Imprisonment for Life on Further Conviction for Certain Offences

Orders of the Day — Crime and Punishment (Scotland) Bill – in the House of Commons at 3:36 pm on 20th March 1997.

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Lords amendment: No. 1, in page 2, line 16, leave out from ("opinion") to ("may") in line 19 and insert

("that it would be in the interests of justice for it to pass a sentence other than the sentence which that subsection would require it to pass, it")

Motion made, and Question proposed, That this House doth agree with the Lords in the said amendment.—[Lord James Douglas-Hamilton.]

Photo of Miss Betty Boothroyd Miss Betty Boothroyd Speaker of the House of Commons

With this, it will be convenient to discuss Lords amendments Nos. 6 and 31.

Photo of Menzies Campbell Menzies Campbell Shadow Spokesperson (Foreign and Commonwealth Affairs) 3:49 pm, 20th March 1997

The amendments should not pass unremarked, because they represent a substantial climbdown by the Government from the wholly unreasonable position that they had previously adopted. Had the Government earlier displayed the same flexibility as they have been driven to demonstrate in the past few days, we might have had a much more constructive discussion about the best way to reform the law of Scotland.

The amendments that were accepted in the House of Lords have substantially restored the discretion of the judiciary on sentences for serious crimes. Perhaps more significantly, the Government have allowed an independent tribunal for Scotland to deal with miscarriages of justice. The Government rejected such a tribunal wholly and completely, notwithstanding the powerful and trenchant terms of the Sutherland report. At the meeting of the Scottish Grand Committee in Ayr last year, the Secretary of State for Scotland suggested dismissively that such a body for Scotland was unnecessary. Proud though we may be of the law in Scotland, we cannot assume its infallibility. In the past, the cases of Patrick Meehan and of Preece, among others, have shown that the legal system has been inadequate to deal with cases in which justice has not been properly done.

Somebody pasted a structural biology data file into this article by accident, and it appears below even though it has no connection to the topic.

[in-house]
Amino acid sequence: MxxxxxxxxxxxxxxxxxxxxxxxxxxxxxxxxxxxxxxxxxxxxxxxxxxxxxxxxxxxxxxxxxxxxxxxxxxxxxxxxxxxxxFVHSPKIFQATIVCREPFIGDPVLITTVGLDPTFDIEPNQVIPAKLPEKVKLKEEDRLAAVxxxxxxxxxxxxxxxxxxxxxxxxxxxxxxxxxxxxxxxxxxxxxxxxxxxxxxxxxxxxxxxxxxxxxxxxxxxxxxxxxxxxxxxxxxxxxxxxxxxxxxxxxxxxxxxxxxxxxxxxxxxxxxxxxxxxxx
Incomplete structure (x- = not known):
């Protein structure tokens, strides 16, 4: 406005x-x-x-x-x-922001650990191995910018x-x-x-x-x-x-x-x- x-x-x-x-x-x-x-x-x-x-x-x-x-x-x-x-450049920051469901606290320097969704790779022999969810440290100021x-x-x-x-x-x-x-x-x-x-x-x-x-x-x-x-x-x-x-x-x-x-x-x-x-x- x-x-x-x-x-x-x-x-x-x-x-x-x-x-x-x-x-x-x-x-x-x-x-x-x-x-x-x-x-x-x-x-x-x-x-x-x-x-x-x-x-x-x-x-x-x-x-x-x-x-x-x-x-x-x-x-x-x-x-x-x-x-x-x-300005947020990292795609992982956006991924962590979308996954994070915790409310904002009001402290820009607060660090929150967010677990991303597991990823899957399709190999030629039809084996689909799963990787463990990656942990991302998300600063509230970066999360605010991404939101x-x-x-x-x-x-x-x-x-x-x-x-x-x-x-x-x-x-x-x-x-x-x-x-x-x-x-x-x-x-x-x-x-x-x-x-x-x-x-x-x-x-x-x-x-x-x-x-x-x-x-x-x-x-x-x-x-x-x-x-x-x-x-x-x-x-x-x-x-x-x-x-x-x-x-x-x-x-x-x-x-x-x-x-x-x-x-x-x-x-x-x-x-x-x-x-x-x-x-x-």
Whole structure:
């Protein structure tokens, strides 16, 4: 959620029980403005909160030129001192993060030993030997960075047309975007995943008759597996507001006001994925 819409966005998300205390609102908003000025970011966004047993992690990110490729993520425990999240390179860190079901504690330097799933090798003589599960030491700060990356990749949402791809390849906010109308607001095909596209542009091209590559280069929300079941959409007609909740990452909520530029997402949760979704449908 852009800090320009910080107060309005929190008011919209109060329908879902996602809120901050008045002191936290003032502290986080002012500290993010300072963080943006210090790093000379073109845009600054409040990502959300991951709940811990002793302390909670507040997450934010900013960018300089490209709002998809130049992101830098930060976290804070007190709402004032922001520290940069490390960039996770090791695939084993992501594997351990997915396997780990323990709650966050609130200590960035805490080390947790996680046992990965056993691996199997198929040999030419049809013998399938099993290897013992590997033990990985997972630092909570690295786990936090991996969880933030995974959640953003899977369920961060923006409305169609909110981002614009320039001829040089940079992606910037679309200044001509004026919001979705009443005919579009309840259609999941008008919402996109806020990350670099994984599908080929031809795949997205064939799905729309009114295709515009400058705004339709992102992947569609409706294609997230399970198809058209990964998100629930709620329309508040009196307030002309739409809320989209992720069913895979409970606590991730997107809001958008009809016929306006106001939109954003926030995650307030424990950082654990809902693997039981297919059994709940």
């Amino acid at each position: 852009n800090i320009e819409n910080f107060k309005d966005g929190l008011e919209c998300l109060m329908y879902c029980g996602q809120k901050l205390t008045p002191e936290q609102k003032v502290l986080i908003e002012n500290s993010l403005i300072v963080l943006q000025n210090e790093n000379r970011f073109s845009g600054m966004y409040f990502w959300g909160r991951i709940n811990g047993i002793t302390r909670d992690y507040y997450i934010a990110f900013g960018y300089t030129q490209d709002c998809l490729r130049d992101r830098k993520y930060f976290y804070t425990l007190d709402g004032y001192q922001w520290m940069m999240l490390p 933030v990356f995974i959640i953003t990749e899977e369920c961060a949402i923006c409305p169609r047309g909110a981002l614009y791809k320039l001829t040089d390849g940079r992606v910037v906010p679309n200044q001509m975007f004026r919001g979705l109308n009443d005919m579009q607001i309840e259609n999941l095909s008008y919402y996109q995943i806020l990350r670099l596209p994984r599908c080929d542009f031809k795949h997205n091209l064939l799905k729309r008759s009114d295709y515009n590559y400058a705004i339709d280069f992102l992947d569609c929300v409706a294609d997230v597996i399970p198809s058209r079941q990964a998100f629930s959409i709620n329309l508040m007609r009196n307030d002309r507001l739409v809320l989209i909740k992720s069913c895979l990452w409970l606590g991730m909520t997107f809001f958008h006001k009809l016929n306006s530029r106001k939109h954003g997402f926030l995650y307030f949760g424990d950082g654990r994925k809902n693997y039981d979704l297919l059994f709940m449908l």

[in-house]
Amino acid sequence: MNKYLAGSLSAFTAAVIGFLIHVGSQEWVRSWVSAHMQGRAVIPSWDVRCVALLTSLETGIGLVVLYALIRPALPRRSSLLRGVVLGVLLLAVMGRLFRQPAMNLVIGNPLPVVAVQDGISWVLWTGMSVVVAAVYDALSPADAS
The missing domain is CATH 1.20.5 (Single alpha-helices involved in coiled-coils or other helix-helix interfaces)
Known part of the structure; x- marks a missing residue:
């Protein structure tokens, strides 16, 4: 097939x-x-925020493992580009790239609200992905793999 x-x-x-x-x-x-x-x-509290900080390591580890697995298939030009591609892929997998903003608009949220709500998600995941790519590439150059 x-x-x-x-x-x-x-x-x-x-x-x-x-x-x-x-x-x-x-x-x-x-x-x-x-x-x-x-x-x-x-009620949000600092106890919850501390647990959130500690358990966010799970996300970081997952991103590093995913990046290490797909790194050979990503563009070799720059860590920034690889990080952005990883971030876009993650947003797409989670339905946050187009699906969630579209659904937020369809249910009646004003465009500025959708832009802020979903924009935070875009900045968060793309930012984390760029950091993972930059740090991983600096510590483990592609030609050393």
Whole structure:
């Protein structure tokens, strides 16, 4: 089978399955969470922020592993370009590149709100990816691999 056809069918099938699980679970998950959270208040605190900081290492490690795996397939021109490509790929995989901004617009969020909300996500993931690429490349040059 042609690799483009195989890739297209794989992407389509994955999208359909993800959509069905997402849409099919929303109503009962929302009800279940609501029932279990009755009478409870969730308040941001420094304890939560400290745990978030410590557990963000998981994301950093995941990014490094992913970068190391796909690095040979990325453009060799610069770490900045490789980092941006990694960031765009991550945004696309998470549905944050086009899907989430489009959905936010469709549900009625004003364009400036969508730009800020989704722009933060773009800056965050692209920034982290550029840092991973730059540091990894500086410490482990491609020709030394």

The amendments are a considerable improvement on the Government's original proposals. It is a great pity that they did not approach the matter in the constructive and consensual way that it deserves. I do not know whether the amendments will be described as driving a coach and horses through the Bill, but it is in a better state now than when it was first conceived. The Government could have had it in this condition if they had demonstrated any willingness to co-operate with the Opposition parties.

Lords amendment agreed to.

Photo of Mr Phil Gallie Mr Phil Gallie , Ayr

On a point of order, Madam Speaker. I draw your attention to Question 306 on today's Order Paper. I believe that a forged question has been put down in my name. I have discussed the matter with the Table Office, and the signature on the question looks like mine, but it is not. The terms of the question are not mine either. I take great exception to that. Perhaps it is an end-of-term prank, but if it is, I do not appreciate the joke. I suggest that we use all the forces of law and order that the Government have introduced recently and submit the question paper to DNA testing, to try to find out with whom the question originated.

Photo of Miss Betty Boothroyd Miss Betty Boothroyd Speaker of the House of Commons

I do not approve of end-of-term pranks. I shall do all I can to have investigations made, to see how this came about. You can be assured of that, Mr. Gallie.

Lords amendments Nos. 2 to 81 agreed to [some with Special Entry].